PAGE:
The above and other advantages of the present invention are achieved by the structure as described below. The present invention provides a flashlight cushion grip and spare battery holder made of a material having elastic, non-electrically conducting and heat insulating characteristics, such as rubber, dense polymeric foam, or plastic. The flashlight holder includes a first receptacle for holding a flashlight and a second receptacle for holding at least one spare battery for the flashlight. The receptacles of the flashlight holder are designed to have corresponding sizes slightly smaller than the flashlight and battery, such that the elasticity of the material retains the flashlight and battery in the receptacles by friction. The present invention device may also include a hood portion designed to be placed over the end of the flashlight which houses the bulb and reflector. The hood portion is separate from the flashlight holder member. The hood portion serves the same functions as the flashlight holder member, especially in that it covers the remaining exposed portion of a flashlight left uncovered by the first part of the invention.

BRIEF DESCRIPTION OF THE DRAWINGS

The objects of the present invention are shown in the accompanying drawings in which:

FIG. 1 shows a cross sectional view of one embodiment of the present invention device with the flashlight and spare batteries retained therein;

FIG. 2 shows a cross sectional view of the hood piece of the invention;

FIG. 3A, 3B, 3C show an overhead view of three possible cross-sectional configurations of the present invention device; and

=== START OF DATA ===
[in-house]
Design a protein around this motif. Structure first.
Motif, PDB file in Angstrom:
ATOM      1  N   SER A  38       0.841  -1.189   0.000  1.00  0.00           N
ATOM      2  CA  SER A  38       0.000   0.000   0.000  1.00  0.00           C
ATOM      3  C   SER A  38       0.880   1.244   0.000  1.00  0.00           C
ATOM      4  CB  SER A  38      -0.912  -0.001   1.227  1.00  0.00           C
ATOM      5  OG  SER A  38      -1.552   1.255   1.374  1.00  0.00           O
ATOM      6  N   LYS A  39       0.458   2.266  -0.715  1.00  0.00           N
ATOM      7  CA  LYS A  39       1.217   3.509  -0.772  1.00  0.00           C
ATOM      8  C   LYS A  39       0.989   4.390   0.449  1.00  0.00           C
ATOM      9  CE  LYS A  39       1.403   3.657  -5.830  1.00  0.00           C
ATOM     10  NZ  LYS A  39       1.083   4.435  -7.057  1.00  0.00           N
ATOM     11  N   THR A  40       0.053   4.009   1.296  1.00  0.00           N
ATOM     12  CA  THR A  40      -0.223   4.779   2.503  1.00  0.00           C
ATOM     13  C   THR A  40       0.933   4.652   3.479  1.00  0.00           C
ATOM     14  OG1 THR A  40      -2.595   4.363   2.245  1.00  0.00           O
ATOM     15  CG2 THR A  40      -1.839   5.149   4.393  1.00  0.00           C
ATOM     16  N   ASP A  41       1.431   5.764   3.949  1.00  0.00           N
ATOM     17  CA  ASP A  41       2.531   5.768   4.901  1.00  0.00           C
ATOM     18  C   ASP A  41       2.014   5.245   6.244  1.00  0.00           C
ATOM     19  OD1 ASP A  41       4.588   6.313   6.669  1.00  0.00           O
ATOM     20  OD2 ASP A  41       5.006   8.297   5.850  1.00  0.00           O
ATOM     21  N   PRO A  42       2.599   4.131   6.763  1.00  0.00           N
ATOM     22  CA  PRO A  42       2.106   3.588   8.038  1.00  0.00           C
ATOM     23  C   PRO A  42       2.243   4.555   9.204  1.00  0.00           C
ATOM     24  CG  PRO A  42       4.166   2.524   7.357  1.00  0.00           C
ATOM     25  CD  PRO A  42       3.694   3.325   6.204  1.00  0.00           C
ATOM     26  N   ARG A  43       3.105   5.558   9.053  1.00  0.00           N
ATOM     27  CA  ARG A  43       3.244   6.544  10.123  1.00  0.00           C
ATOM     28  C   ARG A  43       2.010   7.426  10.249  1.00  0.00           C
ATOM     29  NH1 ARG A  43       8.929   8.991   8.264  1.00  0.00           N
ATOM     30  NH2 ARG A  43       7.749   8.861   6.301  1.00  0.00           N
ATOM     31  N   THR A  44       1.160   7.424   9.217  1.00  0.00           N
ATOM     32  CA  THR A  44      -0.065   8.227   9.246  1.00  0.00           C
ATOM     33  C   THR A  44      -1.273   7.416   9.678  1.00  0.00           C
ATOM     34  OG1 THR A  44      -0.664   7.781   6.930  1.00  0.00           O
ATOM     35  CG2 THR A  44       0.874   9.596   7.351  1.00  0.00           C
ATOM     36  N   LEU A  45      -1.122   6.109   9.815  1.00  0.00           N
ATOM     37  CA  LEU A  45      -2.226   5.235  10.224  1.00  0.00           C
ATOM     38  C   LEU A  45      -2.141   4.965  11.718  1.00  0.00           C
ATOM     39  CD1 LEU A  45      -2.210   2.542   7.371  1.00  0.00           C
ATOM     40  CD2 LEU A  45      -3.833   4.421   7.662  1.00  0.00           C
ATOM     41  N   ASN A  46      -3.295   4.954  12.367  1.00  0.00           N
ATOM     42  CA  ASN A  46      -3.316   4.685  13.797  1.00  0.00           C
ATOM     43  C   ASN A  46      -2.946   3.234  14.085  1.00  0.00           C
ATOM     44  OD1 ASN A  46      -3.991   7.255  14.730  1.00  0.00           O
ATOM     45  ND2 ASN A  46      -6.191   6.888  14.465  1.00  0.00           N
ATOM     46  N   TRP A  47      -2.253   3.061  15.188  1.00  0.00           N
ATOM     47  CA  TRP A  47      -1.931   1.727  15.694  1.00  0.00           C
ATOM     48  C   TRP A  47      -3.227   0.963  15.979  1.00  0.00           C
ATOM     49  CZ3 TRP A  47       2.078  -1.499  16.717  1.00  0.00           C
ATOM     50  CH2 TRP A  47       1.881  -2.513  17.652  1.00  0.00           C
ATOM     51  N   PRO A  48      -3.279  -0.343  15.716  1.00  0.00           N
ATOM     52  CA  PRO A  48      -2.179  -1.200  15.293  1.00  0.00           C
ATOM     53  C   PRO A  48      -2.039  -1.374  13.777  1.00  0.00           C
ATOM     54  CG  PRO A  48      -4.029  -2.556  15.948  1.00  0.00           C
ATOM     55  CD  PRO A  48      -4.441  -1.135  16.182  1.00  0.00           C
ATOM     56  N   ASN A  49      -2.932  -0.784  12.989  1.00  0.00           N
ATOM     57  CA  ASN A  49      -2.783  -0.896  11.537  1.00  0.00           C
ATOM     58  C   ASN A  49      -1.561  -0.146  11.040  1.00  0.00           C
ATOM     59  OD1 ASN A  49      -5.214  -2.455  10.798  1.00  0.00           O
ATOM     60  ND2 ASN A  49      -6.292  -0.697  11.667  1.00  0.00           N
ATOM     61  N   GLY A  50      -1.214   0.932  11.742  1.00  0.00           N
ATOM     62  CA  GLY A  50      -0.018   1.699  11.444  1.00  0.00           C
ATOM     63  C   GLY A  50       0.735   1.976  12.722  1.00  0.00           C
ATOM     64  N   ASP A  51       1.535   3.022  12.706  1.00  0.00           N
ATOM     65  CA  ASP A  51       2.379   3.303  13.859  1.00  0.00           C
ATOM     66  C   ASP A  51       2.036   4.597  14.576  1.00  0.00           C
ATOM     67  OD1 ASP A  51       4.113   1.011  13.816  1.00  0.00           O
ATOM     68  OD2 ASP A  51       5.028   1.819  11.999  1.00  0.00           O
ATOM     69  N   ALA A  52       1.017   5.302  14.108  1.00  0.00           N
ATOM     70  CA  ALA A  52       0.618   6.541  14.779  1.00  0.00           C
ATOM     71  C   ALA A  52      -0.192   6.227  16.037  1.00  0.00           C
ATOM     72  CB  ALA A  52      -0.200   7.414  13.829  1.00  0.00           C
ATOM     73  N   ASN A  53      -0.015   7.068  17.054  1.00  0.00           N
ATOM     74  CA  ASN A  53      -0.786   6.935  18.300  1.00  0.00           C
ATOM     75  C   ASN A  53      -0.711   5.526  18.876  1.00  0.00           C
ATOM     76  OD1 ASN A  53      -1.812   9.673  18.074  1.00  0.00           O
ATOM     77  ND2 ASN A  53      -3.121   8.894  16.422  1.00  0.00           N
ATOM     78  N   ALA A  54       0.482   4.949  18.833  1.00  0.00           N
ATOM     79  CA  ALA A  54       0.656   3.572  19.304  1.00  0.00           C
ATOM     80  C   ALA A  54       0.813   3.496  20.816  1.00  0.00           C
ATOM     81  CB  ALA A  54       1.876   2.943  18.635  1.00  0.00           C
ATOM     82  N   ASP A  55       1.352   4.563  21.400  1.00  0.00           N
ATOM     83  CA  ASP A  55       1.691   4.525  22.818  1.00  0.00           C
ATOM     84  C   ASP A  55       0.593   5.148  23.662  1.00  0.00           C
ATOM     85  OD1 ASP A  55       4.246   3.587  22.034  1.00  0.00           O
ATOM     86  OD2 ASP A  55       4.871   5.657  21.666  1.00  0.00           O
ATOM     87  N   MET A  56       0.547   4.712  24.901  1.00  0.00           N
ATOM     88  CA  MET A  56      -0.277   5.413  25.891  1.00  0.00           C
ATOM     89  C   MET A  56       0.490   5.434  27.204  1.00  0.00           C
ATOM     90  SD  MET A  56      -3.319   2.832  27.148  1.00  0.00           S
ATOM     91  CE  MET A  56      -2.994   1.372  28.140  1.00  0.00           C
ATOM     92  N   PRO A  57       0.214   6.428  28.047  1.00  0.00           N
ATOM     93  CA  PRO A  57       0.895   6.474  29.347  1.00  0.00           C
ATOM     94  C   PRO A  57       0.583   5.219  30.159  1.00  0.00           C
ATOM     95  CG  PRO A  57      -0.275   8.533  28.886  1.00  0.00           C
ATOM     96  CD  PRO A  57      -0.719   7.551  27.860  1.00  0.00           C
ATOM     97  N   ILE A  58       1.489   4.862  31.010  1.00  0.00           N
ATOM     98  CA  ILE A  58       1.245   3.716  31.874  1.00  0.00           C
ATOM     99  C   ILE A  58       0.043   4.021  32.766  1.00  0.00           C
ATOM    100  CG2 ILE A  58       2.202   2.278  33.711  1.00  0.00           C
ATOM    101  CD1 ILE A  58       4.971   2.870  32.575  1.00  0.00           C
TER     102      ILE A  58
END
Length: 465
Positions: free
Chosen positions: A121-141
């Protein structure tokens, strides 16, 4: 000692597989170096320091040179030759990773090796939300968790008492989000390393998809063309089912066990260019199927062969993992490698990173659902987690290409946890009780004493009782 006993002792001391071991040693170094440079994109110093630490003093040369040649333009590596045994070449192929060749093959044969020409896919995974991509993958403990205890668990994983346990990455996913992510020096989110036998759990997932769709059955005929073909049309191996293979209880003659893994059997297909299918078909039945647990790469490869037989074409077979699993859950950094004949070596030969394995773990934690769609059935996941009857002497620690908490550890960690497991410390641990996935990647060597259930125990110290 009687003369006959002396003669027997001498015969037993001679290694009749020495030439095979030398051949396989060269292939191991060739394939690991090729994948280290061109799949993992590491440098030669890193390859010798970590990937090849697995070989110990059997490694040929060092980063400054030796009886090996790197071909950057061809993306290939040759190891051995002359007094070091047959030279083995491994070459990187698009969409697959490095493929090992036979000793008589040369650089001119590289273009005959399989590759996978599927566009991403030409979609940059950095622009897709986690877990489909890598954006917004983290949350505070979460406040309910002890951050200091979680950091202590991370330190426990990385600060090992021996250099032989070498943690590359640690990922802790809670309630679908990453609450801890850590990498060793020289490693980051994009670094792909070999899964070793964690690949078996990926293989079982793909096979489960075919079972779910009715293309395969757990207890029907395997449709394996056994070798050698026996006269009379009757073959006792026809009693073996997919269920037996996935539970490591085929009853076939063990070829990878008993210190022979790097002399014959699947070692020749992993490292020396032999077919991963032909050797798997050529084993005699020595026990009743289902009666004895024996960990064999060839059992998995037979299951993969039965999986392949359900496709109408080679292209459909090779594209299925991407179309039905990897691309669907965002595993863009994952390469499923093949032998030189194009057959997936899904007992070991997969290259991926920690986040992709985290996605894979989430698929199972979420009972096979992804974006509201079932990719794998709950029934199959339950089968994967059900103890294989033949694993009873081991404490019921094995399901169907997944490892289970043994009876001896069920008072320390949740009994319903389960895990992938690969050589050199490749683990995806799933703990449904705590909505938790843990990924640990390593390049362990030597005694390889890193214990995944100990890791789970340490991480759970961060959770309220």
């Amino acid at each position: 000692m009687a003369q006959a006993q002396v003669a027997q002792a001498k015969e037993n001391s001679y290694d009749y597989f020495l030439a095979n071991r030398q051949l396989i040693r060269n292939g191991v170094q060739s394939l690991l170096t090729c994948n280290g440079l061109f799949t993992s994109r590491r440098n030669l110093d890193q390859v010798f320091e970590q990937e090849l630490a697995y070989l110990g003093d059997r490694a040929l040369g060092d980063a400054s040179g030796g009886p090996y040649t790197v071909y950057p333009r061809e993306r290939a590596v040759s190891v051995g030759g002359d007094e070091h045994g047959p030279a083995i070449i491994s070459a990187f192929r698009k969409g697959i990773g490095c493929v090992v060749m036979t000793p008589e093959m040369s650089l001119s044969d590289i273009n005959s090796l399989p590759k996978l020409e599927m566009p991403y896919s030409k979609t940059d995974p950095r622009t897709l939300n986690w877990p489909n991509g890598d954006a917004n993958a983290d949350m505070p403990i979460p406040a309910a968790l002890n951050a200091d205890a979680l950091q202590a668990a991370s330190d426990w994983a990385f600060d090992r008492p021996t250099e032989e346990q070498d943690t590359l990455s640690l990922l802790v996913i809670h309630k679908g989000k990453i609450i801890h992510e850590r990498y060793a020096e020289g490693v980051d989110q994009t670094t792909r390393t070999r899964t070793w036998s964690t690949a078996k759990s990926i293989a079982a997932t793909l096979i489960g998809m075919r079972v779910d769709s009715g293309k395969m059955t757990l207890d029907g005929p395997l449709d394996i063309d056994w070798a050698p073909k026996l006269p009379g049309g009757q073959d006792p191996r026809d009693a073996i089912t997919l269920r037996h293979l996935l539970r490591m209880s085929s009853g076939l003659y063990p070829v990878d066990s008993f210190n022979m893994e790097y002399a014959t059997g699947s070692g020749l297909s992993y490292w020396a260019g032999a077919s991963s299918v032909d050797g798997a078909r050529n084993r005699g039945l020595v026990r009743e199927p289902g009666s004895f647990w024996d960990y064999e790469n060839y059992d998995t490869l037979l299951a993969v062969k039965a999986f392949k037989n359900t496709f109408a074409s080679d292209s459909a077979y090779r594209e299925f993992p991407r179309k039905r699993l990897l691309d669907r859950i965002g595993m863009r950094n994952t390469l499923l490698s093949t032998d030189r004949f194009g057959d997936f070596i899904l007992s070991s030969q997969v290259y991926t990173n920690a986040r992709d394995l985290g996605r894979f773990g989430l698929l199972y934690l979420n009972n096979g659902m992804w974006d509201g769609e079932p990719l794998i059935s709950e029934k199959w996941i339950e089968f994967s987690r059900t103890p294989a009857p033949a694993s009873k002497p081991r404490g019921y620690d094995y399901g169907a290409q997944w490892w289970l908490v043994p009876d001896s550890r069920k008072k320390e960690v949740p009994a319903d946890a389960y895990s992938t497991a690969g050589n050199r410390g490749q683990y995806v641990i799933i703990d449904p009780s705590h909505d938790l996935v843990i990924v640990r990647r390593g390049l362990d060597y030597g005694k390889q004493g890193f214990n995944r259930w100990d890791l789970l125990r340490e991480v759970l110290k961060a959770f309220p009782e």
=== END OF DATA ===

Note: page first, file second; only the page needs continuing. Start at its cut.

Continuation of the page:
FIG. 4A, 4B, 4C, 4D show a cross sectional view of four sizes of the flashlight which different embodiments of the invention could be designed to hold, together with various numbers of spare batteries.

DETAILED DESCRIPTION OF THE PREFERRED EMBODIMENTS

The present invention device comprises flashlight cushion grip and spare battery holder 1 designed to receive a flashlight 10 and at least one spare battery for the flashlight. The flashlight holder can be made of a single piece of material having elastic and heat and electrical insulating properties and defining a first receptacle and a second receptacle. The receptacles in the present invention flashlight holder retain the flashlight and at least one battery.

The present invention flashlight holder may also comprise a hood made of the same material as the flashlight holder. The hood fits over the end of the flashlight housing the bulb and reflector.

FIG. 1 shows the present invention flashlight holder 1 with a flashlight 10 and spare batteries 11 placed therein. The flashlight 10 is placed into the first receptacle 2. The inner surface 3 of the first receptacle 2 substantially corresponds to the size and shape of a handle portion 19 of the flashlight 10. Further, the inside diameter of the first receptacle 2 is smaller than the outside diameter of the flashlight handle 19 to be placed within it. Because the present invention flashlight holder has elastic characteristics and is slightly smaller than the outside diameter of the flashlight, the flashlight will be held in the first receptacle by friction.

At least one hole 9 formed at the base of the first receptacle 2 allows a cord or wire to be attached to an existing hole 15 in the base 14 of the flashlight 10.

The second receptacle 4 holds at least one spare battery 11 to b used in the flashlight (10) held in the first receptacle. The second receptacle (4) has two openings, a first opening formed at the top end (6) of the receptacle and a second opening (5) at the bottom end of the receptacle. The inside diameter of the second receptacle (4) is designed to be smaller than the outside diameter of the battery to be placed within it. Therefore, the size of the second receptacle as well as the elastic nature of the material used to form the present invention help to retain the battery by friction.